Not all DEXA scanning machines are equal, just like some camera’s are inherently better than another some scanners are too.  Good quality bone scans will measure the hip and spine primarily.  Other machines will only test the wrist or heel and make educated assumptions from that.   I was beginning to think that the machine being used for this health fair (or the technician running it) wasn’t that great.  So I suggested she receive another scan from a reliable machine at a consistent location that she could follow up with in the future as needed.  We decided on the local hospital’s machine and her results were interesting.   END PART 1!

13 thoughts on “Dem Bones….Understanding your DEXA scan results. Part 1

  1. J. Persico

    The first time I had a bone scan my OBG was able to relate my density as a % of the average 30-year old. To be precise, my hip scan was 98% of that of a 30-year old and my spine 95%. The last two scans have only given me a T Score and standard deviation does not mean anything to me. How can I convert the T Score to a % as compared to a 30-year old? My current PCP and OBG think I’m being too analytical. Meanwhile we are told to take control of our medical situation. Unfortunately I don’t think doctors understand anything much more than the guidelines for normal vs. abnormal. I would like a more detailed understanding. Can you assist me with this?

  2. DrSteve

    As far as I’m aware you cannot precisely determine your percent of average from a T-Score alone, but you can come close. If your dexa scan relates your findings in (x=your value in)g/cm2. Then you could divide that number by the 30 year olds average in g/cm2 and get your percentage. This is what your initial OBG was relating. The medical powers that be devised the T-score standard deviation for reasons i cannot explain. However, a rule of thumb is that one standard deviation in T-score is approximately 10-15% bone density difference. Thus, if my t-score is -1.0 and yours is -2.0 you are approximately 10-15% less bone mass than me, and another 10-15% less bone mass that 30 year old average (for a total of 20-30%). This is why I said a T-score alone cannot PRECISELY determine your percentage. But lets say you T-score is -.3, that suggests that you are 3 to 4.5% below normal or 96.5 to 97% bone dense. If this isn’t analytical enough, you need a statistician, not a physician. So without a g/cm2 measurement on your current DEXA take the t-score times 10 (i.e. t-score is -.5) {10 x -.5 = -5%} and subtract that percent from 100. Wallah, 95% bone density if your an optimist. now take the t-score times 15 if your a pessimist. (15 x -.5 = -7.5) or 92.5% bone density. Or you could be pragmatic and take the difference at 93.75% bone density. Hope that answers your question. Dr. Steve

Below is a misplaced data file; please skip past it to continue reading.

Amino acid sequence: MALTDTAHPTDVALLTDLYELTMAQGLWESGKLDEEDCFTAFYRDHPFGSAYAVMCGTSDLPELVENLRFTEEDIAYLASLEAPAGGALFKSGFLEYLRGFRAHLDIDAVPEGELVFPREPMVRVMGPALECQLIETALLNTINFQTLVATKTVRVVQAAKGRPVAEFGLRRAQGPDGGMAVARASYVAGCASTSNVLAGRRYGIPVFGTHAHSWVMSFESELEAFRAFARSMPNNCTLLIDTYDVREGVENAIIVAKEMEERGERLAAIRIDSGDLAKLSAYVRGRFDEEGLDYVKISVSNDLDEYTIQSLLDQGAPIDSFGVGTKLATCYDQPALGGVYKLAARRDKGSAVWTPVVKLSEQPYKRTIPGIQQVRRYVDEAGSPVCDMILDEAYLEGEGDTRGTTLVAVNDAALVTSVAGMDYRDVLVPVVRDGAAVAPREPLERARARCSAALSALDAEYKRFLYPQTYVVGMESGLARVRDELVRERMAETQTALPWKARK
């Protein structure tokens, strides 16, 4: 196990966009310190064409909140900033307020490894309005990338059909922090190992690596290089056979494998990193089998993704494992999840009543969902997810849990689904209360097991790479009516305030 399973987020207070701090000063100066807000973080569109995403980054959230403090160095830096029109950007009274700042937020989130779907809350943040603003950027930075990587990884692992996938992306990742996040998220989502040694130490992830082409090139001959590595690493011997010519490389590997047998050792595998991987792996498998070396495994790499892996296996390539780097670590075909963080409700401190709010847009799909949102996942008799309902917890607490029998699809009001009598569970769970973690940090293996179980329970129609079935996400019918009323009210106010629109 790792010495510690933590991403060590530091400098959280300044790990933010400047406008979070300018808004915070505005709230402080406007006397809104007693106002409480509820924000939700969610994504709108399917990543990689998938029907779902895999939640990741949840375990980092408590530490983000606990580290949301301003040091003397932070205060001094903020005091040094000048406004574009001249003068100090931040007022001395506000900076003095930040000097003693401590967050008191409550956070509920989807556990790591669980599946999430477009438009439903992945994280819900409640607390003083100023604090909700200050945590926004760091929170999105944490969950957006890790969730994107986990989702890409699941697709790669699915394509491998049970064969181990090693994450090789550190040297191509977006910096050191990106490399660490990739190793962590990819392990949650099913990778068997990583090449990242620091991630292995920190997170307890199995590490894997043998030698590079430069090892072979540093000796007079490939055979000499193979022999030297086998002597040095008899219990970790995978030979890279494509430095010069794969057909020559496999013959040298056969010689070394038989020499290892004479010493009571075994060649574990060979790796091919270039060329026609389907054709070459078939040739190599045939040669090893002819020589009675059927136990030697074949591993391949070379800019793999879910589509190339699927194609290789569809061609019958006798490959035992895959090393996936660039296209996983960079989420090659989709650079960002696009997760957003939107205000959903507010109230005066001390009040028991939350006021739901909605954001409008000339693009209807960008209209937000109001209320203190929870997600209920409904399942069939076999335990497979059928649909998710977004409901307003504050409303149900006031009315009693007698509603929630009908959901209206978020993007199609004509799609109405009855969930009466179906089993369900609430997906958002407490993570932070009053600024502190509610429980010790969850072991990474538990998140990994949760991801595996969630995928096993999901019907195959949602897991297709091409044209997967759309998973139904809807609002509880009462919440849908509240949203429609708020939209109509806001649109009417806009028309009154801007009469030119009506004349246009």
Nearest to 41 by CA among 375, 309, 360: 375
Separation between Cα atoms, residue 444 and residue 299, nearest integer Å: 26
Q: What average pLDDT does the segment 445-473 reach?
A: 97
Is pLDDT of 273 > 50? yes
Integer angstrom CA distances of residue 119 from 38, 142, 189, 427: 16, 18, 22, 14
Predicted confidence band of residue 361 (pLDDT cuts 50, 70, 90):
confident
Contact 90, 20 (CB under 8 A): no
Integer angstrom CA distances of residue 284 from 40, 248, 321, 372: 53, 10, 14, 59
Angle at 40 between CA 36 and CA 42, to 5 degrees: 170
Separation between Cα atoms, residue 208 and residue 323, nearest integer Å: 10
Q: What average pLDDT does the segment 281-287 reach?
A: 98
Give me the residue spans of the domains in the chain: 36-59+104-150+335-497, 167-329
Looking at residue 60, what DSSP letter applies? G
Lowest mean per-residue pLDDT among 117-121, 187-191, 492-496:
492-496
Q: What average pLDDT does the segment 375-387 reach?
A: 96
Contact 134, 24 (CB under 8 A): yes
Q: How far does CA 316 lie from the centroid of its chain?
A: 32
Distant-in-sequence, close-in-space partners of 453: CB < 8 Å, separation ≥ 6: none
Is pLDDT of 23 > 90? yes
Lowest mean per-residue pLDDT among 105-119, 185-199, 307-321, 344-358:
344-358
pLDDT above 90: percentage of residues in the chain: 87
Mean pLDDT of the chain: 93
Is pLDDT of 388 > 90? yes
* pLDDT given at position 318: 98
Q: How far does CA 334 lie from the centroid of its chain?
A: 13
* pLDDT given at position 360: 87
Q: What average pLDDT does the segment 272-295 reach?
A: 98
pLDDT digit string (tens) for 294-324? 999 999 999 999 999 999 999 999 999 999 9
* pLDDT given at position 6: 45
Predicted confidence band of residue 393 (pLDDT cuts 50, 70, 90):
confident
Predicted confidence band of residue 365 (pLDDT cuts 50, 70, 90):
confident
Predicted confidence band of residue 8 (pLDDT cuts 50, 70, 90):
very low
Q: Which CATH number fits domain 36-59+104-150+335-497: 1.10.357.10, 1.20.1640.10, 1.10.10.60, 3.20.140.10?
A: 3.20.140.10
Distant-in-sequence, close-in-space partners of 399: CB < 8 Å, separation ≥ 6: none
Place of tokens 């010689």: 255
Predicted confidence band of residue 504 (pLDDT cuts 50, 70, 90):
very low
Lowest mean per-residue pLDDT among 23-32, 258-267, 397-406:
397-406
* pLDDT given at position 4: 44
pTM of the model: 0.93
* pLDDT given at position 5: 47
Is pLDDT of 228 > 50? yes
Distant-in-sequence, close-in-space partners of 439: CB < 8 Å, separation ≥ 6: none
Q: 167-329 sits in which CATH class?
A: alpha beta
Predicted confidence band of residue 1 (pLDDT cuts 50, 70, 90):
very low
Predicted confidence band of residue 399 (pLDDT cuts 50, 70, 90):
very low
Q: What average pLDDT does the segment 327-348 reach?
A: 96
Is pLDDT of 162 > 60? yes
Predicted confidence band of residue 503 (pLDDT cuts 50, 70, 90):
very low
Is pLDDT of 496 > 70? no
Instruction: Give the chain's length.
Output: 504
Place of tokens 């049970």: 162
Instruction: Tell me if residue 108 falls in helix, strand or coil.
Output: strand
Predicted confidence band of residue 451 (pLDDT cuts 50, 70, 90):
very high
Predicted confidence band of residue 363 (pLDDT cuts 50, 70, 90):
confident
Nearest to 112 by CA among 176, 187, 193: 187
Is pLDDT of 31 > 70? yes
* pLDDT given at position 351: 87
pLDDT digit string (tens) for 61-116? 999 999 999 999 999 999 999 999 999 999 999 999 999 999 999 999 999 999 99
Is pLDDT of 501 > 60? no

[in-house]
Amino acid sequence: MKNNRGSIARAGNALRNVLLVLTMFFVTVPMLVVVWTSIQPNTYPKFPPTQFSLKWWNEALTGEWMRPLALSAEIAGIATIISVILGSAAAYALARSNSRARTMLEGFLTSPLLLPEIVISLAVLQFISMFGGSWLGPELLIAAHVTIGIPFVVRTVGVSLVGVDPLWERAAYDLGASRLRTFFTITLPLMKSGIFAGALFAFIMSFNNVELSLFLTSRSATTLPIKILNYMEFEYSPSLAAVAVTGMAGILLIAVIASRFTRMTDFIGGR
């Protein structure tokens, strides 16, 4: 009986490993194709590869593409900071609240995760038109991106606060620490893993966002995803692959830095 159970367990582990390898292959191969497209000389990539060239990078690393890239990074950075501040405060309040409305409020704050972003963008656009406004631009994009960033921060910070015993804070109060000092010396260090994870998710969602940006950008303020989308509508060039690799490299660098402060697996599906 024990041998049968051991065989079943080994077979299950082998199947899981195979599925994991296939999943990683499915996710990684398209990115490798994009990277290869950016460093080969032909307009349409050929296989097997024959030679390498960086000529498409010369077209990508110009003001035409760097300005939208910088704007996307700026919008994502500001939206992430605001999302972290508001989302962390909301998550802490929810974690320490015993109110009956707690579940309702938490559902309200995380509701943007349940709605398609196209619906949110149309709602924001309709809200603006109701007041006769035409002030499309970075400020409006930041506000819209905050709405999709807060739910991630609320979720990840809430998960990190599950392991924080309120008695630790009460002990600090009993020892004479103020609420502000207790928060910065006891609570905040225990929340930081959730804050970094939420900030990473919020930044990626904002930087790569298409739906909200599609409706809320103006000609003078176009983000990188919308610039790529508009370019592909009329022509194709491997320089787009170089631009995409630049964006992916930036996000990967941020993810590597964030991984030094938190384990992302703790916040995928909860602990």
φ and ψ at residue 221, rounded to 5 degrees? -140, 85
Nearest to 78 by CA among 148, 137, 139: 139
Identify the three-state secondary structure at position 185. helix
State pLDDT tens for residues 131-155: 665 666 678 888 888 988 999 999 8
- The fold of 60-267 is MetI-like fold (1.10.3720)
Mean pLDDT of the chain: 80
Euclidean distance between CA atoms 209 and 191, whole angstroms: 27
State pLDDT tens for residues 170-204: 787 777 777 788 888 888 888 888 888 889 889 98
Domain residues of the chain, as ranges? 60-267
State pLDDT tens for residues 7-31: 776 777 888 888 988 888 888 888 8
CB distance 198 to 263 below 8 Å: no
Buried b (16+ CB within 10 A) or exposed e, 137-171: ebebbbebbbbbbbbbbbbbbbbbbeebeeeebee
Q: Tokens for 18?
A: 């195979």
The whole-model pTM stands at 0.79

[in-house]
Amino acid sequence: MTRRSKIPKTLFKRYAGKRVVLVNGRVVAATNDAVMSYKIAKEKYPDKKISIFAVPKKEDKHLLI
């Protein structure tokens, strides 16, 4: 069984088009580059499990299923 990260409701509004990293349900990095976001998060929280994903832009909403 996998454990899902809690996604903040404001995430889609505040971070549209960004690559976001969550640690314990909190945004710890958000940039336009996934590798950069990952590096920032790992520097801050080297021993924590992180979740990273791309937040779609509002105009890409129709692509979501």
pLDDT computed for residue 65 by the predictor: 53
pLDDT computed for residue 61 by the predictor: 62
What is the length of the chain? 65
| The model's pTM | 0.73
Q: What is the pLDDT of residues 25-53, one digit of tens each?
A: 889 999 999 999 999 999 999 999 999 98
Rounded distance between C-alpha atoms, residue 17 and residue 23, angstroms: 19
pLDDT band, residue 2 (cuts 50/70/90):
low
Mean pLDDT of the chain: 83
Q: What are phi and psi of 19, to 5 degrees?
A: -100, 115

3. Marybeth

    I have two dents in the top of my head close to my forehead…interventional radiologist says it is one dent with a ridge in the middle.I am a breast cancer survivor(stage three, bilateral mastectomy,6 months chemo,7 weeks of daily radiation)recent pet scan and cat scan of head say nothing unusual…all is well.
    Dents were not there a month ago…do you have an idea what they could be?Thank you for your help.

  4. DrSteve

    Marybeth, It’s difficult to formulate a hypothesis without examining the area. However, it sounds as though it has been pretty well investigated with imaging. Good luck on your healing journey. Dr. Steve

  5. Doris

    I enjoyed your information. I am 67 yrs. old and had a -3.7 spine reading and a -2.7 hip reading. I’ve had blood work done, everything was good. I’m very active, have been taking calcium for over 20 yrs. I eat a good diet and am of normal weight. I don’t know what to do to exersise my spine. I do use a chiropractor for back and neck problems. Is this a bad idea? Thank You

  6. DrSteve